1018 vs. 4140 Steel: Choosing Between Two Great Metals
Looking for the best steel grade for your next project? There are certainly loads of them to choose from. Cruise the website of any online metal supermarket or leaf through the pages of Machinery’s Handbook, however, and you might leave more confused than when you started. Not to worry. We’ve identified two of the more common and popular steel grades—1018 and 4140—both of which boast a host of desirable properties. Here’s everything you need to know about each.
1080 Steel: The Lowdown on Low Carbon
A type of mild steel, 1018 is a go-to material for a range of everyday applications. Common uses include:
- mounting plates and brackets
- pump parts and motor shafts
- tie rods
- mounting plates
- bushings, and more
Like all low carbon steels (meaning those with less than 0.30%), 1018 is readily machined and welded, and because it is relatively soft, it can also be swaged, crimped, and bent.
It’s also among the least expensive of all steels, although this is rarely a deciding factor until automotive-like part production volumes are required. Perhaps the biggest difference between it and 4140 is its hardenability—where the latter can be heat-treated to 58 HRC or higher, 1018 is limited to case hardening—a.k.a. carburizing—a process that leaves low carbon steel parts with a hard exterior and relatively soft core.
Fun Facts About 4140 Steel
It’s 4140’s higher carbon content that makes this possible. See those last two digits? That’s the carbon amount, which in the case of 4140 is 0.40%. 1018 steel, on the other hand, contains 0.18% carbon. It doesn't look like much, but it makes a huge difference to metallurgists. Take a look at the chart below. Aside from carbon content, it might seem that 1018 and 4140 are largely the same.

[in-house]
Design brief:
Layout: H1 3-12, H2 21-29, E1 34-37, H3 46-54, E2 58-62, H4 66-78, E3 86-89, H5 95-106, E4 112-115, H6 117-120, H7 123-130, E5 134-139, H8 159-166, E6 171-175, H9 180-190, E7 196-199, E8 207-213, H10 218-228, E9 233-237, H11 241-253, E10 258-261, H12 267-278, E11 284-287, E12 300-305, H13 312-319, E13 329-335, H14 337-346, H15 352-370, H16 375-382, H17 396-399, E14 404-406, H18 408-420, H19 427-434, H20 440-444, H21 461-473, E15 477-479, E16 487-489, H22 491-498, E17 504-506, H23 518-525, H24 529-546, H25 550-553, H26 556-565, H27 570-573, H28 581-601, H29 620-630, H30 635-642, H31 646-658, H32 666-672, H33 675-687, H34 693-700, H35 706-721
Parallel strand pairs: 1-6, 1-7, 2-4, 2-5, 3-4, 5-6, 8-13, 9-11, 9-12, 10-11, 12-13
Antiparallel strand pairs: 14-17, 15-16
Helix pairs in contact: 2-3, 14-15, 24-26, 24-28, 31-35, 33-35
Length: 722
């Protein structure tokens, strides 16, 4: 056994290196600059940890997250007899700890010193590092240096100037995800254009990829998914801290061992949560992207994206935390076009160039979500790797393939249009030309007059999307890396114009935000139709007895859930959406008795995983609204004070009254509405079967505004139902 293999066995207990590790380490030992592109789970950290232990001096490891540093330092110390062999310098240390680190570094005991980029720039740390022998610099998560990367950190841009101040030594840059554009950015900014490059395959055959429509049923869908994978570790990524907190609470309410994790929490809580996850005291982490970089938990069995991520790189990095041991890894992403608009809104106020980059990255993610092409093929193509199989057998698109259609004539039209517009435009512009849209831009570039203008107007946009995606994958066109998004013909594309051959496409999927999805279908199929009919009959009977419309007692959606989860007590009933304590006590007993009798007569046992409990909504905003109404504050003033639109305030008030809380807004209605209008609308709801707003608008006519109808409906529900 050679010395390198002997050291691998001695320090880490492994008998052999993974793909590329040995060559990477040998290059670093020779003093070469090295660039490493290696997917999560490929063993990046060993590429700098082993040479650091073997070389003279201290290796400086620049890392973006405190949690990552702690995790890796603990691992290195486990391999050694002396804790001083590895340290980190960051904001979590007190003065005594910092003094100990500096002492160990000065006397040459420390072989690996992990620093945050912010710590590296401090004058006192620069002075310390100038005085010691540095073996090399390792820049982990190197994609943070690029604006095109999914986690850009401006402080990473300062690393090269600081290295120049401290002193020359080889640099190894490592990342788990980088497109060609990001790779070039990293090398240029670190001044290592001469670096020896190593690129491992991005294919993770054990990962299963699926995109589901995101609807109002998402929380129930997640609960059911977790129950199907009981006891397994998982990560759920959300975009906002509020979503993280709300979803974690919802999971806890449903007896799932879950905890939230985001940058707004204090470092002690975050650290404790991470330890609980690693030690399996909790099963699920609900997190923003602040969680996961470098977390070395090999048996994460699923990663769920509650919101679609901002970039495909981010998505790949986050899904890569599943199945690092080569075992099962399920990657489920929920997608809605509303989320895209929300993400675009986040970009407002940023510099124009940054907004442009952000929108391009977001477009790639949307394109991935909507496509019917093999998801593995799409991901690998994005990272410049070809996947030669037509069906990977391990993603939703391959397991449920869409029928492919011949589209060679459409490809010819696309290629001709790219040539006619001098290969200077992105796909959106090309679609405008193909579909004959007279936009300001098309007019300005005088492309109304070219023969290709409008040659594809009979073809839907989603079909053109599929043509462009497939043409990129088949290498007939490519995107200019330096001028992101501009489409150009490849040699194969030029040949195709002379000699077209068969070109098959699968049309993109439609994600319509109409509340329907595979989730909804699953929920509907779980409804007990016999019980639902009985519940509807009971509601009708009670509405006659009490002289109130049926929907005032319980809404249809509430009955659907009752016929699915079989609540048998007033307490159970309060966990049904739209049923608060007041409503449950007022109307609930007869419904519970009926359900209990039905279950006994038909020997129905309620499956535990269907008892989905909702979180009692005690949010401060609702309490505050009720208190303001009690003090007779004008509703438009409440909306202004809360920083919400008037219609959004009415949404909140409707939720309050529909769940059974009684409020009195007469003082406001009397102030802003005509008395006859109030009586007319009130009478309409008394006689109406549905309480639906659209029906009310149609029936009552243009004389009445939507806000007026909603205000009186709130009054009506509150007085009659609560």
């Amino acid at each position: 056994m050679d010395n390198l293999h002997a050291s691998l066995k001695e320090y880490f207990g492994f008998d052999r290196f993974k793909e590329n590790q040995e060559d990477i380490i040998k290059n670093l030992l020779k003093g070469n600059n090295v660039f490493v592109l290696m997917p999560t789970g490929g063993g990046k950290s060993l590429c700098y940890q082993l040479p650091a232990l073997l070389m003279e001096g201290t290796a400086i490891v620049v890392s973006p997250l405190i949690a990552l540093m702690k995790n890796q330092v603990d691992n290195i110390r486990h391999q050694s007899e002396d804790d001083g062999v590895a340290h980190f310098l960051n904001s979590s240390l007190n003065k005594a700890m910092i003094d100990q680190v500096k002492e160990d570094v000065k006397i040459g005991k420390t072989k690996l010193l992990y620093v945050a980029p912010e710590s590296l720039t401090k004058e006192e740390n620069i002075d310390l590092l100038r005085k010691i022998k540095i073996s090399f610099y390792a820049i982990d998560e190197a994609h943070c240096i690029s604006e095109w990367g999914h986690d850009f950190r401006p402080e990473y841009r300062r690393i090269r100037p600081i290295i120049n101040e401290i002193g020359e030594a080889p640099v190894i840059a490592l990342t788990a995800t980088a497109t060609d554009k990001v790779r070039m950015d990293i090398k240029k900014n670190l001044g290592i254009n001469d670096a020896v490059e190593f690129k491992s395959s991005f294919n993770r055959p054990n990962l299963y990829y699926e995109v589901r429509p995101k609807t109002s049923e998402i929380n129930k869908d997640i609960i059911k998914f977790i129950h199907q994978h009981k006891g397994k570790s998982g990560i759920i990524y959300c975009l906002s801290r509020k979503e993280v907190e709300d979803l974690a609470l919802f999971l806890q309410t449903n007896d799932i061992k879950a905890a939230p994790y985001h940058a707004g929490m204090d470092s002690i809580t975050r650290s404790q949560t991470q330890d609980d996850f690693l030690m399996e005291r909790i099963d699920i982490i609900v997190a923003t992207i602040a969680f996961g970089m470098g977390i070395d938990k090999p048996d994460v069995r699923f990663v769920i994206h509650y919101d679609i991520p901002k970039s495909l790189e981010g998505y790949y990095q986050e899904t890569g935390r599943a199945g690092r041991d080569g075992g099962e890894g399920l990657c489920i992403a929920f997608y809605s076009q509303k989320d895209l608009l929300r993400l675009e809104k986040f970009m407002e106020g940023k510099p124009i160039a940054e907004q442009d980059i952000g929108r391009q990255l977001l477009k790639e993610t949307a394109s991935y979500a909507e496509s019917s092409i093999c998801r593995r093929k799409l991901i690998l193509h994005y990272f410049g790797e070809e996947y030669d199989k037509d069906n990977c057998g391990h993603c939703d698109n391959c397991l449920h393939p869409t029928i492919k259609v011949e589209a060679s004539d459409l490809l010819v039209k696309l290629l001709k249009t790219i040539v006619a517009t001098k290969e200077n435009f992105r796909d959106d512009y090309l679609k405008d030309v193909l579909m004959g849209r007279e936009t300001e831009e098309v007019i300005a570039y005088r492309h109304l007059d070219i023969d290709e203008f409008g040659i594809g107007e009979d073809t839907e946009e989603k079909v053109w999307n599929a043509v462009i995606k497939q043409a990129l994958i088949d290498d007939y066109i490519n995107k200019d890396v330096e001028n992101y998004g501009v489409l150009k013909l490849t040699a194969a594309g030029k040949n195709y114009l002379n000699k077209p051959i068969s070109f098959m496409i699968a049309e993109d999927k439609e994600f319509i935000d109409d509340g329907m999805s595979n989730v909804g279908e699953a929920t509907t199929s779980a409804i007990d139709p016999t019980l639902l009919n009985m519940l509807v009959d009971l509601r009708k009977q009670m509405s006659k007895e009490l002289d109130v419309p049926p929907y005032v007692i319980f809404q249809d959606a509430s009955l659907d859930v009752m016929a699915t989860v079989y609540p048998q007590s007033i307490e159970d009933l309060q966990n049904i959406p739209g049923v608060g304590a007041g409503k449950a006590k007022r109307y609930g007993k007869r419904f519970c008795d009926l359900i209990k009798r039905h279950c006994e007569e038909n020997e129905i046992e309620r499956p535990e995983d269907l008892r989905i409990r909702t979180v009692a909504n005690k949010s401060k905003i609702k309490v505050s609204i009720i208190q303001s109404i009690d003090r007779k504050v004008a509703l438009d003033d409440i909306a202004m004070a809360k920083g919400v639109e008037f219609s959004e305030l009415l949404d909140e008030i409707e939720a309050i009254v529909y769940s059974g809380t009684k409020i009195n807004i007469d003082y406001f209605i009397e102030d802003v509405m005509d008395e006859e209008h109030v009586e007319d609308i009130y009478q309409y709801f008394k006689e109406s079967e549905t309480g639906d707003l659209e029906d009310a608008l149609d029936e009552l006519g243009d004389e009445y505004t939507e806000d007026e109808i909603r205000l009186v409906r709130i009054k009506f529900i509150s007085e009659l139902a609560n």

Yet this chart doesn’t tell the entire story. Like many other “alloy steels,” 4140 also contains small amounts of chromium and molybdenum (less than 1% or so), two elements that bring a great deal to the metallurgical table.
|Element||1018 Steel||4140 Steel|
As with stainless steels and superalloys, chromium and molybdenum make metals stronger, harder, and more resistant to corrosion. For example, 4140’s ultimate tensile strength is roughly half-again that of 1018 steel, as is its Brinell hardness in the annealed state. In addition, 4140’s fatigue strength is two to three times that of 1018, an important consideration to anyone concerned with product life and durability. It’s called high-tensile chrome-molybdenum steel for a reason.
This makes 4140 an excellent choice for parts requiring impact resistance and torsional strength. Connecting rods and crankshafts are often made of 4140. So are many parts used in the logging industry, oil and gas applications, machine tools, jigs, molds, and fixtures. It's also quite machinable, albeit not quite at 1018's level. In fact, if 4140 steel were as weldable and formable as its mild steel counterpart, there'd be little reason to choose the latter, but here's where 4140 comes up short. It can be welded but not as readily as 1018, and becomes brittle without the right procedures, such as a post-welding heat treatment.
So where does that leave product designers and manufacturers? As stated earlier, these two metals are popular for a reason. Both offer distinct benefits as well as some distinct differences that may affect the finished part's price and function. CNC milling or turning a 4140 workpiece will call for somewhat lower cutting speeds and feedrates than one made of 1018. Tool wear is also a bit greater when machining alloy steels, although any difference in finished price due to such machining considerations is surely secondary to the product’s functionality and performance.
As noted, 4140 is tougher and more hardenable than 1018. If your application requires a workpiece that is both “through hard” and extremely impact resistant, then 4140 is a clear choice. It is less cold-workable than 1018, however, making a swaged or crimped joint unlikely. And as mentioned, 1018 is a welder’s dream. The same can’t be said for 4140, although it does have a significant edge in corrosion, heat, and wear resistance thanks to its higher carbon content and the small amounts of molybdenum and chromium present in 4140 steel.
Still have questions? One way to resolve at least some of them is by uploading your part file to our website. Our automated quoting tools will provide a quote and identify potential design concerns. Another way is to give one of our customer service people a call. They are always available to help at 877-479-3680 or [email protected]. All have extensive experience in material selection and can help guide you to the right decision for your unique requirements (even if it means choosing one of our other metals).